March 14, 2013
Washington, D.C. – Today, U.S. Senator Rob Portman (R-Ohio), a member of the Senate Budget Committee, added an amendment to the Democratic budget being debated before the committee to create a deficit-neutral reserve fund for legislation that would reduce redundancy, improve access, and enhance outcomes within federal job training programs.
“With unemployment hovering too high for comfort at 7.7 percent, the federal government’s network of job training programs is falling short. We need meaningful job training reform that responsibly harnesses precious taxpayer dollars to more effectively serve those 20 million Americans who are currently looking for full-time work,” said Portman. “The federal government must do a better job preparing a new wave of American workers, which is why I plan to re-introduce the CAREER Act this Congress to help ensure that federal job training programs are better organized and more responsive to both the needs of workers and the demands of industry, and to ensure better performance by incentivizing more accountability and transparency among job training programs. This amendment to create a deficit-neutral reserve fund will further enhance my efforts to better prepare today’s workforce for tomorrow and connect the unemployed with good jobs while more effectively leveraging taxpayer dollars.”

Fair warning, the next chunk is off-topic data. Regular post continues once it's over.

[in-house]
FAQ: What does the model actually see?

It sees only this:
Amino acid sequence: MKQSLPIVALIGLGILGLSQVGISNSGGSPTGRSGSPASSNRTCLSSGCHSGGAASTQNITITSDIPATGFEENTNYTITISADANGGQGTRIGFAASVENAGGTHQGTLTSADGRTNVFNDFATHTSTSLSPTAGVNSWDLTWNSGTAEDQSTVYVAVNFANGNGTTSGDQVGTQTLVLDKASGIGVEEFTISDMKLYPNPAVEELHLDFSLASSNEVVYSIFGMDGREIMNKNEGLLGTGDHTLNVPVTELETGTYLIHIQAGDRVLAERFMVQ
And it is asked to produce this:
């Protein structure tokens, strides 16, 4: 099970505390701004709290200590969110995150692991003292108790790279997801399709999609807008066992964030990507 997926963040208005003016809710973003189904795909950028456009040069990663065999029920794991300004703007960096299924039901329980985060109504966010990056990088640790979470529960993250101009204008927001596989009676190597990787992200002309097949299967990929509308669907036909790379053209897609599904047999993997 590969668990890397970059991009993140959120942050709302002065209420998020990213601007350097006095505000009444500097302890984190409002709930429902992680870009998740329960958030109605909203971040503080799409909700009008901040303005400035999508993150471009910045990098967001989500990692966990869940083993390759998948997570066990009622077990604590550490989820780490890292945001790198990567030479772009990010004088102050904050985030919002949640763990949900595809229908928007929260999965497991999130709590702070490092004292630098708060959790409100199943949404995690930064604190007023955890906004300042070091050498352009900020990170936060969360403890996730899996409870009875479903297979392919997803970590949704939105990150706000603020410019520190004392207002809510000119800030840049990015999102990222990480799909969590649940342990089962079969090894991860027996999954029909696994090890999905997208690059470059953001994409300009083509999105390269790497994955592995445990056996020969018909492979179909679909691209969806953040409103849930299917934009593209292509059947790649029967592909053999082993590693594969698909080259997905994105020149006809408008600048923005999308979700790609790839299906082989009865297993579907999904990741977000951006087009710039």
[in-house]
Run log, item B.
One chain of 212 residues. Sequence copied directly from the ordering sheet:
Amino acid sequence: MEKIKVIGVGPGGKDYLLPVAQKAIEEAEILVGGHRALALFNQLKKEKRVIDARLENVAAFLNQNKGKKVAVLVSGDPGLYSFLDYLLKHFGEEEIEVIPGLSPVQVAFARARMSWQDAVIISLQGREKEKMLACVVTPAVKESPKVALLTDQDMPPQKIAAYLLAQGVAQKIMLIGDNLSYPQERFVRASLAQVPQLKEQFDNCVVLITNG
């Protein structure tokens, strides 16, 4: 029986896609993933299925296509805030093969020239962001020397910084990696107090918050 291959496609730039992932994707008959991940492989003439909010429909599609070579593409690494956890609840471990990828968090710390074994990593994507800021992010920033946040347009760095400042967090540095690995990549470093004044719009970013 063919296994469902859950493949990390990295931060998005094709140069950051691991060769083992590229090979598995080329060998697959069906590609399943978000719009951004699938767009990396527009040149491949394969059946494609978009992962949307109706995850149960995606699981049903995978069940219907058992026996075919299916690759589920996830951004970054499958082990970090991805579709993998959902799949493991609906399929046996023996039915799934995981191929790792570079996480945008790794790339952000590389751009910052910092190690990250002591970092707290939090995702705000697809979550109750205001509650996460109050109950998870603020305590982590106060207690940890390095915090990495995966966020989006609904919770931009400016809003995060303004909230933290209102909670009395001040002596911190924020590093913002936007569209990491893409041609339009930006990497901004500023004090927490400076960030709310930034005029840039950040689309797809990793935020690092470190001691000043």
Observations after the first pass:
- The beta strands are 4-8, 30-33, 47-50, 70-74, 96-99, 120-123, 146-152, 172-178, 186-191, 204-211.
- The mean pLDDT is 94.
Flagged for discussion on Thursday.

Last Congress, Portman and Senator Michael Bennet (D-CO) introduced the bipartisan Careers Through Responsive, Efficient, and Effective Retraining (CAREER) Act, legislation to help ensure that the workforce is equipped today with industry recognized credentials that are relevant in a rapidly changing workplace. Portman worked side-by-side with Ohio’s community educators, employers, and students to come up with ways to improve job training programs, and his bill takes several commonsense, bipartisan steps to address inefficiency in the current system, furnish participants with the skills needed by employers, and incentivize better performance among training providers.
According to the Government Accountability Office (GAO), the federal government operates 47 employment and job training programs across nine federal agencies. Forty-four of these federal employment and training programs overlap with at least one other program. Together, these programs spent approximately $18 billion on employment and training services in fiscal year 2009, according to GAO’s survey data. This is an increase of three programs and about $5 billion from GAO’s 2003 report.
According to GAO, little is known about the effectiveness of the employment and training programs GAO identified because only five programs reported demonstrating whether outcomes can be attributed to the program through an impact study, and about half of all the programs have not had a performance review since 2004.